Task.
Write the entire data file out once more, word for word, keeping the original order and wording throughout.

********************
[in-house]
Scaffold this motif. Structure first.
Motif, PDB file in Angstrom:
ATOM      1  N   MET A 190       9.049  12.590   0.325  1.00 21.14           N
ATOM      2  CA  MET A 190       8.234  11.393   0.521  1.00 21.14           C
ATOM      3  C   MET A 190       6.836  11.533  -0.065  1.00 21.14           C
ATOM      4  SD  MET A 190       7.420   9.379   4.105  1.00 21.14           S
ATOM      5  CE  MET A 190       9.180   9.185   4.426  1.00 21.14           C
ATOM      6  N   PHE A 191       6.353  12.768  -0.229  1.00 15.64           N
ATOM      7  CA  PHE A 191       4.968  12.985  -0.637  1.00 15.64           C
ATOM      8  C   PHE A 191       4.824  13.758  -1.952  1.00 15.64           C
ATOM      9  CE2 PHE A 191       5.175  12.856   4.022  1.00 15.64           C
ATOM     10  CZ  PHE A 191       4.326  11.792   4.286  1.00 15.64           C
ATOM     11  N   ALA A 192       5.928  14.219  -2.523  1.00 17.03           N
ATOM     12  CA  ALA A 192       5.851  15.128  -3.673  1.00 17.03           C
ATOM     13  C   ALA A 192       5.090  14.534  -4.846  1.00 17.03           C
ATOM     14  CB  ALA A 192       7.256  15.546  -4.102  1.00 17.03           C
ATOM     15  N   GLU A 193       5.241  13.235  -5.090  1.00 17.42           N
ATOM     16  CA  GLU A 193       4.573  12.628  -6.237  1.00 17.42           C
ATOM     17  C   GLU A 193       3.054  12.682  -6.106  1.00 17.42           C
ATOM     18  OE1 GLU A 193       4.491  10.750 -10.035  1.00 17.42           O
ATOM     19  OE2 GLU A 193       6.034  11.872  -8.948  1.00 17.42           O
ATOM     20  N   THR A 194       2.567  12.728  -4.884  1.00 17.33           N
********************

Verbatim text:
[in-house]
Scaffold this motif. Structure first.
Motif, PDB file in Angstrom:
ATOM      1  N   MET A 190       9.049  12.590   0.325  1.00 21.14           N
ATOM      2  CA  MET A 190       8.234  11.393   0.521  1.00 21.14           C
ATOM      3  C   MET A 190       6.836  11.533  -0.065  1.00 21.14           C
ATOM      4  SD  MET A 190       7.420   9.379   4.105  1.00 21.14           S
ATOM      5  CE  MET A 190       9.180   9.185   4.426  1.00 21.14           C
ATOM      6  N   PHE A 191       6.353  12.768  -0.229  1.00 15.64           N
ATOM      7  CA  PHE A 191       4.968  12.985  -0.637  1.00 15.64           C
ATOM      8  C   PHE A 191       4.824  13.758  -1.952  1.00 15.64           C
ATOM      9  CE2 PHE A 191       5.175  12.856   4.022  1.00 15.64           C
ATOM     10  CZ  PHE A 191       4.326  11.792   4.286  1.00 15.64           C
ATOM     11  N   ALA A 192       5.928  14.219  -2.523  1.00 17.03           N
ATOM     12  CA  ALA A 192       5.851  15.128  -3.673  1.00 17.03           C
ATOM     13  C   ALA A 192       5.090  14.534  -4.846  1.00 17.03           C
ATOM     14  CB  ALA A 192       7.256  15.546  -4.102  1.00 17.03           C
ATOM     15  N   GLU A 193       5.241  13.235  -5.090  1.00 17.42           N
ATOM     16  CA  GLU A 193       4.573  12.628  -6.237  1.00 17.42           C
ATOM     17  C   GLU A 193       3.054  12.682  -6.106  1.00 17.42           C
ATOM     18  OE1 GLU A 193       4.491  10.750 -10.035  1.00 17.42           O
ATOM     19  OE2 GLU A 193       6.034  11.872  -8.948  1.00 17.42           O
ATOM     20  N   THR A 194       2.567  12.728  -4.884  1.00 17.33           N